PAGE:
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28 May 2022

Hill Street Views: Nature is healing Dundalk

Opinion, views and commentary from former Democrat editor David Lynch

Hill Street Views: Nature is healing Dundalk

There’s a meme/motto/line going around on social media for the past few months now – ‘nature is healing’ – it started out as a three-word slogan to describe how the lockdown and ensuing lack of travel and the supposed reduction in pollution levels were somehow visibly improving the lot of our environment.

People posted photos to their Twitter accounts of quiet, still and almost smog-free streetscapes and landscapes.

But, like anything which goes viral and catches fire in the digital world these days, it wasn’t long before it became overused and was quickly satirised into submission; with people photoshopping dinosaurs onto empty streets and even the Loch Ness Monster returning to its natural habitat in Inverness.

Anyway, this all came to mind over the past few weeks and months as I have been walking around Dundalk.

As we’re right in the middle of Summer now, everything has burst into splendid life and the flowers and plants are growing with incredible vigour.

But it has seemed that, especially around the town centre, the trees, which would normally be kept quite tidy and controlled, have exploded since the start of 2021.

Now, it could be that the local authority hasn’t managed to get the chainsaws and ropes out to trim, scalp, decimate trees and hedges yet, but it just seems like the natural world has been injected with supercharged plant food in the last six months and is reclaiming the urban landscape.

Roads across the town seem to be encroached by lower hanging and much greener branches than ever before.

And I for one think it’s wonderful.

Sure, nature may be healing, but all this abundant growth actually makes Dundalk look softer and prettier.

A spin down the Magnet Road and past the copse at the Demesne is akin to driving through an Australian town on the edge of Daintree rainforest.

Between the dappled sunlight and moving shadows, it’s quite arresting to be honest – just take a moment to savour it next time.

Follow the road past the Magnet itself and you approach the Square, where its relatively newer trees seem to have sprung out of the ground and are adding a shaded canopy of sorts for the many coffee drinkers enjoying our outdoor Summer.

Of course, the beneficial addition of trees in an urban area is something town planners have known about for centuries.

It serves to return nature to an otherwise grey and rather dull location; adding much-needed colour and environment.

It can also bring with it some forms of wildlife which would otherwise be absent.

It just seems that, like so many things over the past 18 months, we are maybe appreciating it all more, while also truly understanding the impact that nature can have on our outlook and even mental wellbeing for the first time.

For those of us who were confined to a 5-kilometre (and even 2-kilometre, for a time) radius at recently, you had to make do with what you had within that limited circle of life. You had to find the good, the new, the unusual within a setting you’ve known your whole life – not an easy task.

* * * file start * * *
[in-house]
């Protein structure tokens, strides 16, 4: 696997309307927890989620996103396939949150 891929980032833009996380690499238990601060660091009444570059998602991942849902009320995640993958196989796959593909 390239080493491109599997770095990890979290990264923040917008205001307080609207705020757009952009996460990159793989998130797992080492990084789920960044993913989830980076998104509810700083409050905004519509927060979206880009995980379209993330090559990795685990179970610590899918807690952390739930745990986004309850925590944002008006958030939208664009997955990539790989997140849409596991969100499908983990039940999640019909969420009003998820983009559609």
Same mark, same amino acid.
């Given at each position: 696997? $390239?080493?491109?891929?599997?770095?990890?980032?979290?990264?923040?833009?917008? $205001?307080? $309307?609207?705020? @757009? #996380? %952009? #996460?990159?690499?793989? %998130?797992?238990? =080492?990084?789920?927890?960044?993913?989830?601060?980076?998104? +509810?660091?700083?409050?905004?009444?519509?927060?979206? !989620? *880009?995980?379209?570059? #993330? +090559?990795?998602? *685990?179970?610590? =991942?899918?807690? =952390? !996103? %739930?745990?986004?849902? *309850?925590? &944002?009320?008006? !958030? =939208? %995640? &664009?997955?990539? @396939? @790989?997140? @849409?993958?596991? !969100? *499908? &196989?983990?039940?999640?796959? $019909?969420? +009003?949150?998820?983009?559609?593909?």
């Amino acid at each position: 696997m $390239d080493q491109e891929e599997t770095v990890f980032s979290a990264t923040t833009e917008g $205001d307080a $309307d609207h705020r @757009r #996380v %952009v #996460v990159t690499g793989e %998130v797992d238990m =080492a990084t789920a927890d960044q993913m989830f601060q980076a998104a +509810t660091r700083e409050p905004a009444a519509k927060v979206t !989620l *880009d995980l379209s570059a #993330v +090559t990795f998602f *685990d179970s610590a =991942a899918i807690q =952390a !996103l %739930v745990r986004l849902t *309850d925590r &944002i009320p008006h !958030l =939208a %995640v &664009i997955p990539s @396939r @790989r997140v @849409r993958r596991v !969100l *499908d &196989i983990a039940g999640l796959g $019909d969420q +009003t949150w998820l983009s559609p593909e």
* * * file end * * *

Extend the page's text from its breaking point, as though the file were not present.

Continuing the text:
But, those of us who were lucky enough also managed to get the gift of time.

Time to really look at our surroundings. Time to breathe in our local life. And time to think about what we actually want from life.

Many people have expressed a certain nostalgia for the lockdown days.

Some have even expressed anxiety about the return of the world we all knew before the pandemic. I can understand that sentiment.

There’s a reason so many people of a certain age dream of escaping the rat race and submerging themselves in the ‘good life’ – away from the hustle and bustle and 24-hour movement.

This is nothing new, but the pandemic and the lockdowns made it a tantalising reality for many of us.

We got a taste of the dream – both the good and the bad.

Some, realised that the dream would soon sour and are happy to get back to normal, post-pandemic life; but others are keen on remaining on in the bubble, and others still are taking it a step further and packing in the day job altogether and heading for the wilderness.

While heading for splendid isolation is not something I’m about to readily commit to just yet, I have tried to become more involved with nature on my very doorstep.

Several weeks back I bought two tiny and weak-looking tomato and cayenne pepper plants.

I planted them in two robust pots and, due to the seemingly endless frosty nights – right through May, I’ve kept them indoors and watered and fed them daily.

They are placed at the back door, exposed to sunlight, but kept warm by the constant moderate temperature of the house.

At times I wasn’t sure if they’d survive, let alone produce anything of note, but alas, just this past week the tomato plant has borne actual tomatoes – bulbous, green and shiny.

I’ve never grown food produce before, so I’m mightily surprised and even a bit emotional about this success.
Nature is healing, and so am I.

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